Please use this identifier to cite or link to this item: https://hdl.handle.net/1959.11/11919
Title: British Images of Germany: Admiration, Antagonism & Ambivalence, 1860-1914
Contributor(s): Scully, Richard (author)
Publication Date: 2012
Handle Link: https://hdl.handle.net/1959.11/11919
Abstract: "It was not part of their blood, It came to them very late With long arrears to make good, When the English began to hate. They were not easily moved, They were icy willing to wait Till every count be proved Ere the English began to hate." --Rudyard Kipling, 1915. It need hardly be said that Britain's relationship with Germany and the Germans has been of immense importance historically. In the twentieth century, the contest for power between the two countries helped to push the world to war in 1914; triggered a second more terrible conflict in 1939; led to Britain's imperial retreat and drove it by necessity into a 'special relationship' with the United States after 1941. The origins of this troubled relationship - the 1860-1914 period, which is the focus of this book is perhaps one of the best-known, but least understood, phases in Britain's association with Germany. ... Written as it was in 1915, the quotation from Rudyard Kipling which stands as an epigraph to this introduction encompasses much of what I seek to explore in the coming chapters. Kipling himself had settled upon Germany as an enemy from an early date; his letters speaking of a real fear at German designs on the British Empire. But it would be a mistake to take Kipling's attitudes as an exemplar of wider British attitudes. Indeed in writing 'The Beginnings', Kipling was expressing something of a frustration that his countrymen and women had not been prepared to imagine Germany absolutely as their enemy until no other course was left open, retaining the regard felt for their German cousins until the last possible minute. 'The Beginnings' suggests that widespread hatred of Germany was much more a product of the unique circumstances of the First World War than the period preceding it; and through an analysis of the work of Kipling's contemporaries, I will show in this book just how British attitudes were shaped by ongoing debate, before the British truly learned to 'hate' the Germans.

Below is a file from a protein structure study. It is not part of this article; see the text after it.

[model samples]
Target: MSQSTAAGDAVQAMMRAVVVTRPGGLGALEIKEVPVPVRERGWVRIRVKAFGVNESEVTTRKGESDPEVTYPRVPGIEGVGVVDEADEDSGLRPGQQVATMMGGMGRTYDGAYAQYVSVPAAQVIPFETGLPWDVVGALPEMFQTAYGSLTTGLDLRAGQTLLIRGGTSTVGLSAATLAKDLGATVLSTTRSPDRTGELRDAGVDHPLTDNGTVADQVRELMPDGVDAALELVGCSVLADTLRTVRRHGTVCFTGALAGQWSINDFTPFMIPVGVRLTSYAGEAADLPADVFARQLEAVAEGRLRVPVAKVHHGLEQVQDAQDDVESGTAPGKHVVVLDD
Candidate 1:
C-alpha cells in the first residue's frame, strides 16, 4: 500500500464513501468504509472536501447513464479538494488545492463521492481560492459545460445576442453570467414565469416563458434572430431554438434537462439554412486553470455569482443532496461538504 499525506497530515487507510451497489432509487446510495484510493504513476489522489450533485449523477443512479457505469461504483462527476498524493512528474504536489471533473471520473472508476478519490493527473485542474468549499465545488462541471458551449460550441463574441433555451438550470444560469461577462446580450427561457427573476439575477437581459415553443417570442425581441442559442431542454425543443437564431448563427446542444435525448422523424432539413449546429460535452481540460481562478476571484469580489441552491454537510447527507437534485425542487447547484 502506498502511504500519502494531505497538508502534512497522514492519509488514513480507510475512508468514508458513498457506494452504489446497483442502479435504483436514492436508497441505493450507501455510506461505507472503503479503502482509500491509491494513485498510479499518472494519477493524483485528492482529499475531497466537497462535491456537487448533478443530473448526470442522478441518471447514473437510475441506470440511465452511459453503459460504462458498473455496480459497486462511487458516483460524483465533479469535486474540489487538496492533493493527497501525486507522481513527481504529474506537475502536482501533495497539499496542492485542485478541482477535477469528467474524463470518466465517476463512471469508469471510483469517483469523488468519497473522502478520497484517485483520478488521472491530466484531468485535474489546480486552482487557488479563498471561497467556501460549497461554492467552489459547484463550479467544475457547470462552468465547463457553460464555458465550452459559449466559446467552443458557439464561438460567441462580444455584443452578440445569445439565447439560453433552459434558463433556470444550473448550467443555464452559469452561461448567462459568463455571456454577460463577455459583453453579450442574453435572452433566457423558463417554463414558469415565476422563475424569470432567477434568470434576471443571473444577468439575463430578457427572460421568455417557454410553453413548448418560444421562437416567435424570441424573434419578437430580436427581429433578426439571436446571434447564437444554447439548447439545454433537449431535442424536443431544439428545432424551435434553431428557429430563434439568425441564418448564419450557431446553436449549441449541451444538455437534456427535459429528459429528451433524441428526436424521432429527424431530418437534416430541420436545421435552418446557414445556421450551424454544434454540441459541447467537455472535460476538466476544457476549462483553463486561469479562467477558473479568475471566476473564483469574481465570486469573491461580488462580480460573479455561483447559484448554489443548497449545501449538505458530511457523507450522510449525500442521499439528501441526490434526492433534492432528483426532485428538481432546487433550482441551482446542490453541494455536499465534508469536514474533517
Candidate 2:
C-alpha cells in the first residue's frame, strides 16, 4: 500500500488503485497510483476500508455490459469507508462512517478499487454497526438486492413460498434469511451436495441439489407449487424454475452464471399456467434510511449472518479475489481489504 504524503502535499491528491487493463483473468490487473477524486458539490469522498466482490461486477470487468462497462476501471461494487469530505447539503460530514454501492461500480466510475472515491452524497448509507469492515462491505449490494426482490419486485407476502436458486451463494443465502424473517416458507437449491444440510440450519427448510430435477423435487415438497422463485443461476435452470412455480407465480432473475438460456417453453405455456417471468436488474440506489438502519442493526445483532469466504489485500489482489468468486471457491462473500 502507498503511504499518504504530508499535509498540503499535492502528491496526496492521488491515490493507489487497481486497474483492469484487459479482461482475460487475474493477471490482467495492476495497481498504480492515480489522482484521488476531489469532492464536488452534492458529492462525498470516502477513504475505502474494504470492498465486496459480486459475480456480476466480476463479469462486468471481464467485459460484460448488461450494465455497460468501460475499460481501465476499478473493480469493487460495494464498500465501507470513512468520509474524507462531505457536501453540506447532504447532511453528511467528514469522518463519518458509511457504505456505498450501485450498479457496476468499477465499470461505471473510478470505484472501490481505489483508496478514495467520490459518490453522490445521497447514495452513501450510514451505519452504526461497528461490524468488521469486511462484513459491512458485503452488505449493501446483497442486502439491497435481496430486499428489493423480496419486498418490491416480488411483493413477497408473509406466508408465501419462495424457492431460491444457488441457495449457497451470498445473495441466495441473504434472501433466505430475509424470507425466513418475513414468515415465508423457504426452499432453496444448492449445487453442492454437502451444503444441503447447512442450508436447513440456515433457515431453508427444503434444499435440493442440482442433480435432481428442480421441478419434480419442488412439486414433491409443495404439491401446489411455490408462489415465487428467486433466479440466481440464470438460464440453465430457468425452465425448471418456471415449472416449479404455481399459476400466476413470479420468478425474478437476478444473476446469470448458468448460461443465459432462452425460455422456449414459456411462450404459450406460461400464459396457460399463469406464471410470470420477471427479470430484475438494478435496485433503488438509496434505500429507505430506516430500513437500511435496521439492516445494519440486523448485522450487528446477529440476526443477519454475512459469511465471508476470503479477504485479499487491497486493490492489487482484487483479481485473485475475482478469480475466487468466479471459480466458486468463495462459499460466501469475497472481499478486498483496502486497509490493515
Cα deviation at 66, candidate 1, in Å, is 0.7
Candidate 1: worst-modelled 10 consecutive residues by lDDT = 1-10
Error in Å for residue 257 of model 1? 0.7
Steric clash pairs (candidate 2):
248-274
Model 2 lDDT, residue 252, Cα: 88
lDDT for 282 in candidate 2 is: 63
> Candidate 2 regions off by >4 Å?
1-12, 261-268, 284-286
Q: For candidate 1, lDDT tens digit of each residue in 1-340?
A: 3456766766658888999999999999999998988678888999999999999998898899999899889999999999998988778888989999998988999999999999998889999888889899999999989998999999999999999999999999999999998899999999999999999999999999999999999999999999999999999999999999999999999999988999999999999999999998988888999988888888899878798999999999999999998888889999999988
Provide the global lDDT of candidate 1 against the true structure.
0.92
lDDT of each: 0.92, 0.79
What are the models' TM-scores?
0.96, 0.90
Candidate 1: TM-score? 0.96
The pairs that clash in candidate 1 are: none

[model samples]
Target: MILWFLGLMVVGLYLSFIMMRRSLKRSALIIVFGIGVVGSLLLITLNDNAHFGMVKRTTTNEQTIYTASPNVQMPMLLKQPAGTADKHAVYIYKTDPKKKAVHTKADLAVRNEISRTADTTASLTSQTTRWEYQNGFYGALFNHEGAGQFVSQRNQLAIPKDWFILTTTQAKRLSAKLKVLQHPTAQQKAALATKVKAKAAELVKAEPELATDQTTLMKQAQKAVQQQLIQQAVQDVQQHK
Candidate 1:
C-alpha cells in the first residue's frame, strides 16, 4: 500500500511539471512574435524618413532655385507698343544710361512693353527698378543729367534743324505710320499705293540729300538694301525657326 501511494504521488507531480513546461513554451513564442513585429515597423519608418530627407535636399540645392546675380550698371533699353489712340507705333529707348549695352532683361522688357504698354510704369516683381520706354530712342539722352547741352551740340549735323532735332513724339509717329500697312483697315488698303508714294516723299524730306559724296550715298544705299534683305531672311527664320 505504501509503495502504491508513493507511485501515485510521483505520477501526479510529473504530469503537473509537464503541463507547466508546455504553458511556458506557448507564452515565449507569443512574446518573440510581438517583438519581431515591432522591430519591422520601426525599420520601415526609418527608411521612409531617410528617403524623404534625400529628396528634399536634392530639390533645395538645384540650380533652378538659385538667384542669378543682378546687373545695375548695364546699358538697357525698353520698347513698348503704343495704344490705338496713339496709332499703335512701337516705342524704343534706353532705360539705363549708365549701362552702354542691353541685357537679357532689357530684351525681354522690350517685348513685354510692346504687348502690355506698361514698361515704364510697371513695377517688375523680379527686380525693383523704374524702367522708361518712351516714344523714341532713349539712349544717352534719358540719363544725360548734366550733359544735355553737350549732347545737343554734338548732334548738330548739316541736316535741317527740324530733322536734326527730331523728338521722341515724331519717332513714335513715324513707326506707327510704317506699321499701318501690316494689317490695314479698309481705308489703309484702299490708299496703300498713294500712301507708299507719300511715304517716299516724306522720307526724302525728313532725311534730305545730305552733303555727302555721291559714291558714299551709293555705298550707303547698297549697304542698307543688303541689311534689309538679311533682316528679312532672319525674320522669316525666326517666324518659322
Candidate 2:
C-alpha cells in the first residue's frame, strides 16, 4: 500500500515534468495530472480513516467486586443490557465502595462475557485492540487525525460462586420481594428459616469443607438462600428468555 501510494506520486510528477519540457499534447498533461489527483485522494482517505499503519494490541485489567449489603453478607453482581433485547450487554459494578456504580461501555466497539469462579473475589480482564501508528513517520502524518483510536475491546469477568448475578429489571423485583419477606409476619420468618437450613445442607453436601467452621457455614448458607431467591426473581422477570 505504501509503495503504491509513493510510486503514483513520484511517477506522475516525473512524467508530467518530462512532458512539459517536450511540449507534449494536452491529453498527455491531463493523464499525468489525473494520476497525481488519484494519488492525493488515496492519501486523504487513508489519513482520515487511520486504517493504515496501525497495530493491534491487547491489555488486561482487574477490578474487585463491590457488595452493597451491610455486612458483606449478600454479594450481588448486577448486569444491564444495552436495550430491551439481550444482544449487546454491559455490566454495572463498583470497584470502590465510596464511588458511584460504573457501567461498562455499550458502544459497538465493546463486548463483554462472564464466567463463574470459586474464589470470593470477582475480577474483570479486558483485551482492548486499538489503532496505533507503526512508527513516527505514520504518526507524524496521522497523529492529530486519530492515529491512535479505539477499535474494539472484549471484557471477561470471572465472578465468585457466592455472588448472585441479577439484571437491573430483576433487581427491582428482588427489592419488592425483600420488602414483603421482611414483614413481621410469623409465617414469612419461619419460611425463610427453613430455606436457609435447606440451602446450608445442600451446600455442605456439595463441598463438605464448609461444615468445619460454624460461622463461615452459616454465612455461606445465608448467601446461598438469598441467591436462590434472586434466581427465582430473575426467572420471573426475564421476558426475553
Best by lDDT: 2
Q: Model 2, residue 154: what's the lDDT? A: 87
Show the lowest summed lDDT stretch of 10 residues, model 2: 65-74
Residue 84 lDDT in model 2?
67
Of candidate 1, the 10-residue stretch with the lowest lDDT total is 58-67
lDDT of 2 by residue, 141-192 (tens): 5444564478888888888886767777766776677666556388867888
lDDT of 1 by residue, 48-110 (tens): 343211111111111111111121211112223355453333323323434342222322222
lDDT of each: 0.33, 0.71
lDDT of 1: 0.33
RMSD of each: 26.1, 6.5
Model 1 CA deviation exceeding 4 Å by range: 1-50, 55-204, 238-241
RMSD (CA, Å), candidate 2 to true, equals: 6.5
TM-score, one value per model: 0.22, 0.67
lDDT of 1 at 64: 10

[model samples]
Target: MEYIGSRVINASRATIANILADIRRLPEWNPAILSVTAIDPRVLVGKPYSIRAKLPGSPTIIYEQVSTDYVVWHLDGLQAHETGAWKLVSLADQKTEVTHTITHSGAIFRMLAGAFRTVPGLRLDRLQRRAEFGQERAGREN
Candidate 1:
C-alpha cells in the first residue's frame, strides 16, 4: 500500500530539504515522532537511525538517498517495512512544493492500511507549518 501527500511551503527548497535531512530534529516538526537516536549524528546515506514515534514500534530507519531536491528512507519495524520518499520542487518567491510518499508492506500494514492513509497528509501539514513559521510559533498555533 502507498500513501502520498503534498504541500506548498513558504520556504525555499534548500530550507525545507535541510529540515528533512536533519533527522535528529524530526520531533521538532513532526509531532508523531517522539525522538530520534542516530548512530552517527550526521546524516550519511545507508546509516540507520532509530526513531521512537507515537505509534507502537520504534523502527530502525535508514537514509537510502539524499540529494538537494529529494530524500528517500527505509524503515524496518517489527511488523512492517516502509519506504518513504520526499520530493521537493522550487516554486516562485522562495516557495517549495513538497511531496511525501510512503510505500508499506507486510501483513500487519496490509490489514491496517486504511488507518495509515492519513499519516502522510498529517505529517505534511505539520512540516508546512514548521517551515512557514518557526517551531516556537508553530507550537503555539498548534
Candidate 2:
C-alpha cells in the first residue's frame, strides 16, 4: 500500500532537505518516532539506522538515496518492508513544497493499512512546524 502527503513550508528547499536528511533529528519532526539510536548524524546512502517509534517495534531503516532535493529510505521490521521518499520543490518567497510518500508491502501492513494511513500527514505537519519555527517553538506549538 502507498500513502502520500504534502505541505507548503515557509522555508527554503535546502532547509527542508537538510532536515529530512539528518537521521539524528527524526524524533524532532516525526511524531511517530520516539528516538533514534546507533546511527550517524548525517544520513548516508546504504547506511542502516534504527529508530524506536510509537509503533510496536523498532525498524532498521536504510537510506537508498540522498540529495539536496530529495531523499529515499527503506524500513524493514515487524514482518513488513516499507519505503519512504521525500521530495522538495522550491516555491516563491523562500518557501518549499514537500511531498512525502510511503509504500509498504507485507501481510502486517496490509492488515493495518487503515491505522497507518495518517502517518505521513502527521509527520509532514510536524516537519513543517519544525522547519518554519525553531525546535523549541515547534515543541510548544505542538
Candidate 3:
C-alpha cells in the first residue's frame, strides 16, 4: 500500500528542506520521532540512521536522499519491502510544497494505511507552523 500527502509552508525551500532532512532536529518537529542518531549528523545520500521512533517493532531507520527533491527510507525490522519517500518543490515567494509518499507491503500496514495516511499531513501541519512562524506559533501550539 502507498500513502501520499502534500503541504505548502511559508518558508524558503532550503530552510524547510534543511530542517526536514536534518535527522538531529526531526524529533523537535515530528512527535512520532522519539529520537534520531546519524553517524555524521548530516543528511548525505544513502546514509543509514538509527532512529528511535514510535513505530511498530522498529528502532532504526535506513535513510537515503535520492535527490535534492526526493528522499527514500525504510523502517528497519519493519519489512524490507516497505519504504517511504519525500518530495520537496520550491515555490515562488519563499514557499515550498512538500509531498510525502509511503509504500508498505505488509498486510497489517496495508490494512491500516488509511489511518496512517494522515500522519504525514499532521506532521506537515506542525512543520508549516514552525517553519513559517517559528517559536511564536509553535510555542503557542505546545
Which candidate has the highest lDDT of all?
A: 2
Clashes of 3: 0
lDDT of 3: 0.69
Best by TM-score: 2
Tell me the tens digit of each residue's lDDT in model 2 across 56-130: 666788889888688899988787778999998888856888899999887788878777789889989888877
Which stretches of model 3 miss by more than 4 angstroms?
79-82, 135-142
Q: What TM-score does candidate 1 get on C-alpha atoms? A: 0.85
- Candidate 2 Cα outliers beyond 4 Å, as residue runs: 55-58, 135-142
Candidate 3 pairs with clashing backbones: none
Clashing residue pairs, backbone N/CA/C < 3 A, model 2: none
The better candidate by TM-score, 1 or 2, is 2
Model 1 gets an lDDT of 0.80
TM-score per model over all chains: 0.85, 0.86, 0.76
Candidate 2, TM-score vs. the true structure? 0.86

Publication Type: Book
Publisher: Palgrave Macmillan
Place of Publication: Basingstoke, United Kingdom
ISBN: 9780230301566
0230301568
Field of Research (FOR): 210399 Historical Studies not elsewhere classified
210307 European History (excl British, Classical Greek and Roman)
210305 British History
HERDC Category Description: A1 Authored Book - Scholarly
Other Links: http://trove.nla.gov.au/work/173406047
http://www.palgrave.com/products/title.aspx?pid=510440
Extent of Pages: 375
Series Name: Britain and the World
Statistics to Oct 2018: Visitors: 154
Views: 180
Downloads: 12
Appears in Collections:Book
School of Humanities, Arts and Social Sciences

Files in This Item:
2 files
File Description SizeFormat 
Show full item record

Page view(s)

132
checked on Mar 23, 2019
Google Media

Google ScholarTM

Check

SCOPUSTM   
Citations

 

WEB OF SCIENCETM
Citations

 

Items in Research UNE are protected by copyright, with all rights reserved, unless otherwise indicated.